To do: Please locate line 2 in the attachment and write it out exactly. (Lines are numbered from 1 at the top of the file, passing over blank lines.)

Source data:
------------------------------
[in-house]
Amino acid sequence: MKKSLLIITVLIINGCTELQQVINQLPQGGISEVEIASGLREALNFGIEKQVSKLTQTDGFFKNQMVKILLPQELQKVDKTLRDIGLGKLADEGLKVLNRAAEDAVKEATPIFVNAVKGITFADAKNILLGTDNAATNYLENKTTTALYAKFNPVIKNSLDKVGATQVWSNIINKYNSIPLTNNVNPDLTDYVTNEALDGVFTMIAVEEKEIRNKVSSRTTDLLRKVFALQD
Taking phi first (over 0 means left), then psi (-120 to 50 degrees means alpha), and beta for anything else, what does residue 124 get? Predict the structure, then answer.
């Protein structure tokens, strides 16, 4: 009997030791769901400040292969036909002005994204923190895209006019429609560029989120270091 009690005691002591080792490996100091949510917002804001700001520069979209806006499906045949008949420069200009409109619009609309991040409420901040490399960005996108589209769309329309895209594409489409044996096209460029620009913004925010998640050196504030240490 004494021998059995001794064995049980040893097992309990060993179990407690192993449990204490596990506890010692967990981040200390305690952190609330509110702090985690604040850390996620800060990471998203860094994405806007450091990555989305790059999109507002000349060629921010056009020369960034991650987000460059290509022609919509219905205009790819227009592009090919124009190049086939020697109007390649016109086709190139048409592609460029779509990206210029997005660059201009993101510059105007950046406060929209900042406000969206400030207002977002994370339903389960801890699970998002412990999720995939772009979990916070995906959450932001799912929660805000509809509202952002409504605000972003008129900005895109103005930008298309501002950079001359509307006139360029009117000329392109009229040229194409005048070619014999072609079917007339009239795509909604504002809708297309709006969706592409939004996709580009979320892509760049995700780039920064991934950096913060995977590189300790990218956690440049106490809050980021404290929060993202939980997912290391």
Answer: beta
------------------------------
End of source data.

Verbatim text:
Amino acid sequence: MKKSLLIITVLIINGCTELQQVINQLPQGGISEVEIASGLREALNFGIEKQVSKLTQTDGFFKNQMVKILLPQELQKVDKTLRDIGLGKLADEGLKVLNRAAEDAVKEATPIFVNAVKGITFADAKNILLGTDNAATNYLENKTTTALYAKFNPVIKNSLDKVGATQVWSNIINKYNSIPLTNNVNPDLTDYVTNEALDGVFTMIAVEEKEIRNKVSSRTTDLLRKVFALQD